New school choice office designed with parents in mind

New school choice office designed with parents in mind

New school choice office designed with parents in mind

A former high school history teacher is "excited" to give parents in Oklahoma more control over their children's education.

State Superintendent of Public Instruction Ryan Walters (R) tells AFN Oklahoma has the most robust school choice in the country, and he recently announced that parents can take advantage of the State Department of Education's new Office of School Choice.

Walters, Ryan (Oklahoma Superintendent of Public Instruction) Walters

"We are giving all parents access to private schools, charter schools, religious charter schools, homeschool, open enrollment, and open transfer so they can attend any public school that they choose," he relays. "I believe that parents know best for their kids and should be able to direct their kids' education."

This new division will allow parents to have a single place where they can go to learn about all their options and be able to talk to staff about which one is best for their kids.

"We want every child to have the best education possible, and I believe it starts by making the options available," Walters explains. "It also starts by making sure parents know about those options. So, we are going to be a state that does that; we're excited to be one of the first states to create an Office of School Choice."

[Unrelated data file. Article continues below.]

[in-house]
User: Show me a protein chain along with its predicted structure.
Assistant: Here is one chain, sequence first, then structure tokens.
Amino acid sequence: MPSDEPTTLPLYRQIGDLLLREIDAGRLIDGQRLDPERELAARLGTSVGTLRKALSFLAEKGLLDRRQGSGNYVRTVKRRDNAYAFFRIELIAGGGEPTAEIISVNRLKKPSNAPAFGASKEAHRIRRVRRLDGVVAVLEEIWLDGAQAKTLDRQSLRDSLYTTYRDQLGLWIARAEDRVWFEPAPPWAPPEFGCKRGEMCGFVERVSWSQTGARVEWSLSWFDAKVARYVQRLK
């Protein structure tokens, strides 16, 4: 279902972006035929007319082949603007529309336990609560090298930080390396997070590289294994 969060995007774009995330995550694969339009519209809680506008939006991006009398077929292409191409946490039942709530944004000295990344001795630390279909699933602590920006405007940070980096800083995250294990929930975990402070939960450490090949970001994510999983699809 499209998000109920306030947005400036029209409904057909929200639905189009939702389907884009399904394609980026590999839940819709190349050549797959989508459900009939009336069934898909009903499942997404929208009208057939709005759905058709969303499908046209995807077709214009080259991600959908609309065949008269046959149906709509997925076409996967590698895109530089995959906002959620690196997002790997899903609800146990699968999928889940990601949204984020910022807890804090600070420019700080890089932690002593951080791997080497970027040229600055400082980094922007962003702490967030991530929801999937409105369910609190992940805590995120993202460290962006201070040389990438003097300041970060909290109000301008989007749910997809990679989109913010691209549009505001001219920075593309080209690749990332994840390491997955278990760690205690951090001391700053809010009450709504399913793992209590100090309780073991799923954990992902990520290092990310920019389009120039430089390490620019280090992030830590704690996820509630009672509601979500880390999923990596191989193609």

This program went into effect immediately, and his team has already started moving staff, activating phone numbers, and more.

"We already have folks that are ready to go and answer these questions for parents so that as they're enrolling their kids for the next school year, they will have these options available to them," the superintendent reports.

Going against the consensus

In Wisconsin, a state legislator is "disgusted" that her governor has vetoed a bill that would have barred males from female sports.

The Republican-controlled legislature approved AB 377, or the Save Women's Sports Act, to keep males out of female sports at the k-12 level. Republican Representative Barb Dittrich introduced the measure after the father of a female athlete contracted her to express his concerns about the issue.

Dittrich, Barbara (R-Wisconsin) Dittrich

"He said he had heard of this happening across the nation, and what was I going to do to protect his daughter in athletics," she relays. "I thought that was a fair question, and that's when I first drafted the legislation."

With his veto, Dittrich says Governor Tony Evers (D) stands against "70% of Wisconsin voters who believe people should compete in the category of their biological sex."

"Frankly, he goes against federal Title IX, which protects women and has since the 1970s," she adds.

A veto override is not expected, as Republicans do not have the needed two-thirds majority in the state Assembly to achieve it "and Democrats, sadly, will not stand up for women and go against their own governor," Dittrich explains.

But she vows to continue fighting for and speaking on behalf of female athletes because "women deserve to be protected."

"We've had women testify who are sexual assault victims," the lawmaker notes. "They don't want to share their locker rooms or their athletic spaces with biological males, and I will always stand up for them."

Conversely, upon vetoing AB 377, Gov. Evers declared, "We have now helped our kids, our trans kids."